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Cover image for Accessibility for the web - why we should use semantic HTML

Accessibility for the web - why we should use semantic HTML

cilvako profile image Silvia Bogdan Updated on ・2 min read

In the last article we talked about one of the assistive technologies designed to help people with disabilities access the web: screen readers. If you remember, we said that screen readers translate the info they see on the screen into audio and/ or Braille output. But in order for this to work, developers need to make sure the HTML can be read and translated by the screen readers.

One of the simplest steps a developer can take in order to make their page/ application accessible for everyone is to use semantic HTML as much as possible. But what is that? Is it any different from regular HTML?

The answer is no. Semantic HTML is markup that describes its meaning very clearly. For example, elements like header, table, section or article are very clear about their content while div or span say nothing about what they might have inside. Since 2014, HTML4 got upgraded to HTML5. With the new version, many semantic elements were added so writing accessible code become so much simpler than before. Unfortunately, even today we can see lot of non-semantic markup in the wild. Consider the following example:

<div>
   <div>This is a list</div>
    <br>
     <span>First item</span>
      <br>
     <span>Second item</span>
      <br>
     <span>Third item</span>
   </div>
</div>

This is of course an exaggeration but a very clear example of not so friendly screen readers code. Although we wrote valid tags, they're not used for the purpose they're intended (we're trying to create a list using divs and brs instead of using the correct elements). Now look at the correct example:

<section>
  <h2>This is a list</h2>
   <ul>
     <li>First item</li>
     <li>Second item</li>
     <li>Third item</li>
   </ul>
</section>

When the screen reader encounters the second example, it's very clear that the user it's looking at a section of a web page and that inside the section we have an unordered list - things that are impossible to understand from the first example.

Semantic HTML doesn't require any additional effort compared to non-semantic HTML, especially if you use it right from the beginning of your project. A quick list of semantic elements:

<article>
<aside>
<details>
<figcaption>
<figure>
<footer>
<header>
<main>
<mark>
<nav>
<section>
<summary>
<time>

This doesn't mean we should never use divs or spans or other elements that don't convey their meaning very clearly, but if you care about making your application accessible to everyone, you should definitely use HTML5 as much as possible. Besides a larger number of users, other advantages of semantic HTML is that the code is simpler, easier to read and more maintainable (think about only about all the ids and classes you could avoid using while trying to make non-semantic elements be more specific; for example, someone could write something like <div id=header></div> instead of <header></header>).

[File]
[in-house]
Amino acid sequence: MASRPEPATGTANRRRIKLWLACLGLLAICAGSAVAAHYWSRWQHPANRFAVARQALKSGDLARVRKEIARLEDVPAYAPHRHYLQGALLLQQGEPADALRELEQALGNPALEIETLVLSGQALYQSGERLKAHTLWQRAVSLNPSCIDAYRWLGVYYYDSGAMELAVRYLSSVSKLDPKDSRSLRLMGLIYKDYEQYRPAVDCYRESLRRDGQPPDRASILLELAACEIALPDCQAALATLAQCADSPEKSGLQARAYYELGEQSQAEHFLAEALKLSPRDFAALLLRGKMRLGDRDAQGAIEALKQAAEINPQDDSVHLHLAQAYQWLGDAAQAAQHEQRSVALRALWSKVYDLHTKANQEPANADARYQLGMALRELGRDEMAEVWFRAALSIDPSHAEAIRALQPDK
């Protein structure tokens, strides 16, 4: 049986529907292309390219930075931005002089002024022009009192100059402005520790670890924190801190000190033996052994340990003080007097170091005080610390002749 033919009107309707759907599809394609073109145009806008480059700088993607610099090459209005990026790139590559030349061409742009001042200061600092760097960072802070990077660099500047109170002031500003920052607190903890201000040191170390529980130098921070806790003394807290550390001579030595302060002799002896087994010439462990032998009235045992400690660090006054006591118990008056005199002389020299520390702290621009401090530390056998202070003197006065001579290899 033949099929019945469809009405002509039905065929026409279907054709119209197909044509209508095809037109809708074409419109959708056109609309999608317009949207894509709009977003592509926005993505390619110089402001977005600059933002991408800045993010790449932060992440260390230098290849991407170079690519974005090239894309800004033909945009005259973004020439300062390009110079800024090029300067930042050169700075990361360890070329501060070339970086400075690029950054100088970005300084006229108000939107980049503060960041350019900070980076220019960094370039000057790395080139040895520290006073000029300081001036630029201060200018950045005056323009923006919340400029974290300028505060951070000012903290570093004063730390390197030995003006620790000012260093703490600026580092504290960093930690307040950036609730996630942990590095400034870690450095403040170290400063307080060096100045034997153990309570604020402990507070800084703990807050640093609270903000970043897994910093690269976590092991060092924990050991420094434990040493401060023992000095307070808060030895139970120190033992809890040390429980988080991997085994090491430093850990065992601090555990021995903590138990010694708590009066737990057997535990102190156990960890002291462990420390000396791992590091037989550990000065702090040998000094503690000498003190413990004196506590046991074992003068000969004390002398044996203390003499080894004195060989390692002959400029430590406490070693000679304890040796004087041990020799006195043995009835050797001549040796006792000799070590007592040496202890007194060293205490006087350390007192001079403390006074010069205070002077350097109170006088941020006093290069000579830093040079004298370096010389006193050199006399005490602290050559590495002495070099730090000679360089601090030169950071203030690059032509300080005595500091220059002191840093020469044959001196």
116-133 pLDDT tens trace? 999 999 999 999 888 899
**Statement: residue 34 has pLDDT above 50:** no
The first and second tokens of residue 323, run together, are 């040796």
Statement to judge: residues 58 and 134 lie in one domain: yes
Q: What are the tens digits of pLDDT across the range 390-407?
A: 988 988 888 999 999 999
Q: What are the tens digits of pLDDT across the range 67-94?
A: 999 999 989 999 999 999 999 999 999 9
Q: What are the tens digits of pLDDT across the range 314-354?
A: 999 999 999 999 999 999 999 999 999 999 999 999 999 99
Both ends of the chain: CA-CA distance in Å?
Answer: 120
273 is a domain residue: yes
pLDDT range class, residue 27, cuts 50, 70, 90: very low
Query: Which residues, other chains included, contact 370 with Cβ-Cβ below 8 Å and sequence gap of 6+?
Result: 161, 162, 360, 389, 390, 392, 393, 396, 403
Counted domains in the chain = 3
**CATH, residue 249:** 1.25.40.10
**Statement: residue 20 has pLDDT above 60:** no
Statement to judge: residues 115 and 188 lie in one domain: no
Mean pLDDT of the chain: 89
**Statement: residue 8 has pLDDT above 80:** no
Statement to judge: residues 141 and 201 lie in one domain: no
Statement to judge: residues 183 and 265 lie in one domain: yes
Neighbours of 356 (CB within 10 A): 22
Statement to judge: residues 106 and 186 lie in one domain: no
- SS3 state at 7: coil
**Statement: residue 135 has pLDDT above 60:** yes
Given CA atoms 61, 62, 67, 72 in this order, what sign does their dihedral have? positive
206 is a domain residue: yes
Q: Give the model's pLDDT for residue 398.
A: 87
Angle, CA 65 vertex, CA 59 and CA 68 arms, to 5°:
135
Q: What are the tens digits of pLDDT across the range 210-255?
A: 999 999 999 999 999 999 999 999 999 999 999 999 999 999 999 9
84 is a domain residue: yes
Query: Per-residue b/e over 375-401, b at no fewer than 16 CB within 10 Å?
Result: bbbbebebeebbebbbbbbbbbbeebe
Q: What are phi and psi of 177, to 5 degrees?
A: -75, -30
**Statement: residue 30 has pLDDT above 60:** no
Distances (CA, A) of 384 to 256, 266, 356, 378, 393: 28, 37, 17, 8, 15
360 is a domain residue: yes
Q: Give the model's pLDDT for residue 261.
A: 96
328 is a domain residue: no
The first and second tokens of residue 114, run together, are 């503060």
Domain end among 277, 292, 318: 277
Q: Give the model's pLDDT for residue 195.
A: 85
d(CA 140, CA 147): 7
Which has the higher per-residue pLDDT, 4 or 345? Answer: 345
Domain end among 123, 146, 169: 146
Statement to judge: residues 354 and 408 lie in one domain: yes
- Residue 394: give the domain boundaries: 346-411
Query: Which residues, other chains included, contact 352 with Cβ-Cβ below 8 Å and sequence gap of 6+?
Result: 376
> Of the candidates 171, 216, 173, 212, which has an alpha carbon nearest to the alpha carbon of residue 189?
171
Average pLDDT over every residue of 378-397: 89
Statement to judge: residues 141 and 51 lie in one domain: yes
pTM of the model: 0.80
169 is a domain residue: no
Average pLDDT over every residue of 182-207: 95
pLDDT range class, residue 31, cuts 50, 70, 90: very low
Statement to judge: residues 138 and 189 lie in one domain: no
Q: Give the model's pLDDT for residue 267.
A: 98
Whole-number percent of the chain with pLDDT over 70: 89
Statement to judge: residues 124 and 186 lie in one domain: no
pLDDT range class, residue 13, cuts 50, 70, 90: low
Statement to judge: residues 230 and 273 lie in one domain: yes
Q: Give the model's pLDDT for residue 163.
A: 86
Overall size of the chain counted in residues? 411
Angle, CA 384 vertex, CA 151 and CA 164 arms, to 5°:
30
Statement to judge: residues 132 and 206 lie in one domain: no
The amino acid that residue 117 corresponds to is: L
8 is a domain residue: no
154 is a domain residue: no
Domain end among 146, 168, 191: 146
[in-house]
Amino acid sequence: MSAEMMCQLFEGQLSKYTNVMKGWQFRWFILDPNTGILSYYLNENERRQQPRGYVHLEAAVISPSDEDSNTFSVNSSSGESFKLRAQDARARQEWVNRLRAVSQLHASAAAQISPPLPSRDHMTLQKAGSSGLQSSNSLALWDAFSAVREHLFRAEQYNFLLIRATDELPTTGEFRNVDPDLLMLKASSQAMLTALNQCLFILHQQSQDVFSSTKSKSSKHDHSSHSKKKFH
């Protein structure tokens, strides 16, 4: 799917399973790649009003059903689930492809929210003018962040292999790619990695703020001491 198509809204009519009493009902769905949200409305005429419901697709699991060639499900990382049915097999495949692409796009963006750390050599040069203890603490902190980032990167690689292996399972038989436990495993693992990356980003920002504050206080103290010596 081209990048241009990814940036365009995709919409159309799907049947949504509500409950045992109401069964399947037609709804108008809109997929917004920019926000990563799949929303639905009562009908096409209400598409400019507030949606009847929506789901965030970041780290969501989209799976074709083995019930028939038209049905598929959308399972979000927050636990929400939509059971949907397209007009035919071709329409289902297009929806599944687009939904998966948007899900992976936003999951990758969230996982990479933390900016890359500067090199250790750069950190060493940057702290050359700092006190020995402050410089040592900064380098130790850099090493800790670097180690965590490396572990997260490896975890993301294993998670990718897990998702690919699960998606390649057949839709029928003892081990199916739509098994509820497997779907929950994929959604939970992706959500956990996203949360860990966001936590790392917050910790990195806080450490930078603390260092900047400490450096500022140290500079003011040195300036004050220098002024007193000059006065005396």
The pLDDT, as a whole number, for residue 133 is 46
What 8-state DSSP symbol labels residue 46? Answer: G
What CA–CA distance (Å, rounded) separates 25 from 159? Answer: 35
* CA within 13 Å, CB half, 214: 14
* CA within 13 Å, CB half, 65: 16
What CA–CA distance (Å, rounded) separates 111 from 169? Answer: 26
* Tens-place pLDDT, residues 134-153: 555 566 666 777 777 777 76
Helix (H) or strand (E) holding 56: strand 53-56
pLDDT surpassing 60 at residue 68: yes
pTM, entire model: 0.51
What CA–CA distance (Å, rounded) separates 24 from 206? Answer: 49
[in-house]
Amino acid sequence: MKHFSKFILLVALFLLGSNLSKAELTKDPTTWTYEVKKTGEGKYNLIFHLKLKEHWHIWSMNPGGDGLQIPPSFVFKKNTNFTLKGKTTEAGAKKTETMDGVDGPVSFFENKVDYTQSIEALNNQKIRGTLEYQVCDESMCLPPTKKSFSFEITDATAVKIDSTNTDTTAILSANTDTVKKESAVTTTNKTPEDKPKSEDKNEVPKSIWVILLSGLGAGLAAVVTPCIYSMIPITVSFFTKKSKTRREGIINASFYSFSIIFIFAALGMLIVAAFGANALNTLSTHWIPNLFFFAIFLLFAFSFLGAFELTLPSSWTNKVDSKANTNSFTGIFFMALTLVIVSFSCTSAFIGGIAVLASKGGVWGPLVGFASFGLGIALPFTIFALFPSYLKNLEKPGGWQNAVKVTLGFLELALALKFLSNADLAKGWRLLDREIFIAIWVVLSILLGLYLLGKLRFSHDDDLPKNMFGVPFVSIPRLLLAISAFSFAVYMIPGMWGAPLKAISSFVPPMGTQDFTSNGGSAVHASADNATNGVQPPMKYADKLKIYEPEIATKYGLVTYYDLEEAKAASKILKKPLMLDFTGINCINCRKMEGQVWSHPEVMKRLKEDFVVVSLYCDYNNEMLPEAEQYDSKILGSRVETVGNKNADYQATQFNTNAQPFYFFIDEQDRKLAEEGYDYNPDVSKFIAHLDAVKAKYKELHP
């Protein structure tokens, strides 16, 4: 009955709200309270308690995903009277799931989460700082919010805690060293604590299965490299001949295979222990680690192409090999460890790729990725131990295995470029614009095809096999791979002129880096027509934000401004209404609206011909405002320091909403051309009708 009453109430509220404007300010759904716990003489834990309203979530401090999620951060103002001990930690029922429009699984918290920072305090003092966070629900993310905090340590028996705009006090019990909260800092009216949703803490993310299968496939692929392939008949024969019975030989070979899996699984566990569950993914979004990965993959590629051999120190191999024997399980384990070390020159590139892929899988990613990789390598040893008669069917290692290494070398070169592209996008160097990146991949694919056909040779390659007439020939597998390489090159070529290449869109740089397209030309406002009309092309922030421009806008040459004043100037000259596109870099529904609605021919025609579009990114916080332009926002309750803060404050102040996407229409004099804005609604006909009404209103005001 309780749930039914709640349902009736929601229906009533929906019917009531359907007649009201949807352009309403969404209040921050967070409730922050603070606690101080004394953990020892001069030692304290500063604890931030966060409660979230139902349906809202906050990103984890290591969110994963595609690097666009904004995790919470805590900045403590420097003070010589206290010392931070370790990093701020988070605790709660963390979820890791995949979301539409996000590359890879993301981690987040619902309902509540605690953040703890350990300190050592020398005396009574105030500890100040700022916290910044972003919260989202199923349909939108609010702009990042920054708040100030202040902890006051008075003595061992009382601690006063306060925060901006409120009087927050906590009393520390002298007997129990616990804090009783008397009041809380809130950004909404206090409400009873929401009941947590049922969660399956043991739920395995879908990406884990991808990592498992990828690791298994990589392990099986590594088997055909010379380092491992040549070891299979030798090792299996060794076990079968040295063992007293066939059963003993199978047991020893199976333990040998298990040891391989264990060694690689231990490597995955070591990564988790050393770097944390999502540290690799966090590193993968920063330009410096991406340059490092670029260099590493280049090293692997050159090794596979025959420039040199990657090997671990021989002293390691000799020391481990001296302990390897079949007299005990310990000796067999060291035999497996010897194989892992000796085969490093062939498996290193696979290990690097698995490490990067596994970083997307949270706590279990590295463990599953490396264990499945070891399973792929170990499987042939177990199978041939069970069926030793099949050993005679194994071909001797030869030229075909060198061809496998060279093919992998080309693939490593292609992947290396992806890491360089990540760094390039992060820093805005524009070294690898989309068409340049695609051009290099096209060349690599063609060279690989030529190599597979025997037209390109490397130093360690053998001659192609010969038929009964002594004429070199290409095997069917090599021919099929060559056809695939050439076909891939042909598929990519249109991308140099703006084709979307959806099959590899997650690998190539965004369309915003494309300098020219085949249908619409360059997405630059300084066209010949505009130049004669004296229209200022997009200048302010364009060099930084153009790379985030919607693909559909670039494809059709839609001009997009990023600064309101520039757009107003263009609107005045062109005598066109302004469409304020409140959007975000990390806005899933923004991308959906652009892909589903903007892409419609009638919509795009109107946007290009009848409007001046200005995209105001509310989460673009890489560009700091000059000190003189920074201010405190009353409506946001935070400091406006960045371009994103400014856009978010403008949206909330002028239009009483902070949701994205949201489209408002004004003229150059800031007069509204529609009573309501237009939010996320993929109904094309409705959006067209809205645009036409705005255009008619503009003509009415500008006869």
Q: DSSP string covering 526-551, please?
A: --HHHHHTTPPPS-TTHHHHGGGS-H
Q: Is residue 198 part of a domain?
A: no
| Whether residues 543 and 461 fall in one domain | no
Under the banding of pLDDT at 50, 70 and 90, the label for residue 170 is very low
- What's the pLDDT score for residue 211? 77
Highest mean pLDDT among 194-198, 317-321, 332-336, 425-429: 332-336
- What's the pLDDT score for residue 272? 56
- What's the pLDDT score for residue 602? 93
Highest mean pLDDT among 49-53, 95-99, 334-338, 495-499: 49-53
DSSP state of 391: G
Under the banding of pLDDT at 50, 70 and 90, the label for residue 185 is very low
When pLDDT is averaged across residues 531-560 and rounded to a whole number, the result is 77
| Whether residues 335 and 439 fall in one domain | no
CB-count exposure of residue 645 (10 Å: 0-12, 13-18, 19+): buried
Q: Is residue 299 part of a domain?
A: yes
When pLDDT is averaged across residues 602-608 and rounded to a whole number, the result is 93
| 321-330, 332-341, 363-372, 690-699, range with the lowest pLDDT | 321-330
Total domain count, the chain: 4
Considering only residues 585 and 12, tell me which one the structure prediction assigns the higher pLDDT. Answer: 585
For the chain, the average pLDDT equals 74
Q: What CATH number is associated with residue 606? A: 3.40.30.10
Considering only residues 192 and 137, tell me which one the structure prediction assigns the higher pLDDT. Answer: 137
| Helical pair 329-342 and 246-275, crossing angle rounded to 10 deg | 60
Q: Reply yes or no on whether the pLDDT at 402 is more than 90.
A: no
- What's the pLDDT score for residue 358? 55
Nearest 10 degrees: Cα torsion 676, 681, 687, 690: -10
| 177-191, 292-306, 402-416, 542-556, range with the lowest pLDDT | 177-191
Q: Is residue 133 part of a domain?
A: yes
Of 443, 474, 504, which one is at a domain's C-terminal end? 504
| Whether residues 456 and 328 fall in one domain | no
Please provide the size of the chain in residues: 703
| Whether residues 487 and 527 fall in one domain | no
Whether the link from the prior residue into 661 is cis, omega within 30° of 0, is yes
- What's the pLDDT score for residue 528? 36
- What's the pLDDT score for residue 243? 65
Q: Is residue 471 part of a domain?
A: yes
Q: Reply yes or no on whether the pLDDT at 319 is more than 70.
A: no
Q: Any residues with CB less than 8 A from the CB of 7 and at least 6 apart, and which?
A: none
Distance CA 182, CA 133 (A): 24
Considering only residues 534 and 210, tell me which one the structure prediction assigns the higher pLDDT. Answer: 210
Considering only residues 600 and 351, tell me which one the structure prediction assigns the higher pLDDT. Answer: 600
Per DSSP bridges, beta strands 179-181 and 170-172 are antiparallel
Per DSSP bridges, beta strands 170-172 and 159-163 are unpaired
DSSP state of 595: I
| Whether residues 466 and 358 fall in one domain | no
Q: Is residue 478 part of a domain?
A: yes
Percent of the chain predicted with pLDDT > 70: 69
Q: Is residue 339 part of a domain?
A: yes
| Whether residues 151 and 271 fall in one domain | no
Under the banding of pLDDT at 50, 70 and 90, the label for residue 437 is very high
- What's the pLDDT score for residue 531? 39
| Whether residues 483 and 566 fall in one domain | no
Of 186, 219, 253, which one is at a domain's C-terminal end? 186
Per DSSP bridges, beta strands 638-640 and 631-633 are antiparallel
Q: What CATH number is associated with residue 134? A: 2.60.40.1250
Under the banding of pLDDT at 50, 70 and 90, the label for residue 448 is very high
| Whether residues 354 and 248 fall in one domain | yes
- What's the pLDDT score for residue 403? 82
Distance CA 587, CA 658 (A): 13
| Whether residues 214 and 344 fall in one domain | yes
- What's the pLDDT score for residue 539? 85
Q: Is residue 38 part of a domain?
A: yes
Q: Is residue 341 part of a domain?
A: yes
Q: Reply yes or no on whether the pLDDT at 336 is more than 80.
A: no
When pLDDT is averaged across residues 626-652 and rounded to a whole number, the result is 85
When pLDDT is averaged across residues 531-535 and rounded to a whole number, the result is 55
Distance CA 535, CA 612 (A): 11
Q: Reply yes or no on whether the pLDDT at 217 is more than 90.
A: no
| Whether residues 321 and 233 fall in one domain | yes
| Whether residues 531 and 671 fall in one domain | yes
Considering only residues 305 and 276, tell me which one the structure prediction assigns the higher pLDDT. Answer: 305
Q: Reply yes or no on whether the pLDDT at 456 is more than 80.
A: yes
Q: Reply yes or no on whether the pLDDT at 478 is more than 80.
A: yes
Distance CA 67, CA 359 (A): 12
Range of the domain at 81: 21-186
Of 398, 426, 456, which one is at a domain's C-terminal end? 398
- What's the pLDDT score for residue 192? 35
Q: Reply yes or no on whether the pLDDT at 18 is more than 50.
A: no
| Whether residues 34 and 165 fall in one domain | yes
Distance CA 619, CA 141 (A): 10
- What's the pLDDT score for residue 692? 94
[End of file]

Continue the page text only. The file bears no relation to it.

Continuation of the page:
Image source: Goran Ivos/ @goran_ivos on Unsplash

Posted on by:

cilvako profile

Silvia Bogdan

@cilvako

Front-end developer by day, front-end developer by night. My dog is my biggest supporter.

Discussion

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okay, i see your point, but you can give meaning by introducing ids and classes, of course you need to use correctly those things, meaning a id is unique on the page, a class can be reused on any page... d'ohh that's theory. So i can only say this.
It's a matter of usage and what the managers/people you work with say. I mean if the standard is to use these html 5 tags... great!! we all use this. Same can be said about using sass /less /etc .
But if communications is bad, and people let you work on your own , then you could go all xhtml on the project.
Side note, backcend dev don't care what html you give them, we/ they will implement it how it is given, they also can call on you to make changes where you didn't compensate, meaning there was a place where the backend puts and not just divs or But, nice article, keep going :)

 

I understand your point of view. HTML5 is not that new tho' and it has no learning curve (when it comes to semantic elements at least). I don't see why would anyone chose to clutter their HTML with CSS and write something like <div id="footer">This is a footer</div> when they could go the simple and user friendly way and write <footer>This is a footer</footer>. These ids and classes might make sense for us, the developers, but let's not forget that screen readers are not human so most often than not, the CSS doesn't make much sense to them. Everyone working as they wish and poor communication inside a team are some realistic scenarios but this is another problem :). Thx for your input.

 

HTML had semantics even before HTML5 new semantic tags via WAI-ARIA Roles attributes and some of these new tags also brought new native capabilities (like accordion with details & summary). Also class or id doesn't change the semantic meaning of the tag, div with id or class of footer will still have generic semantic.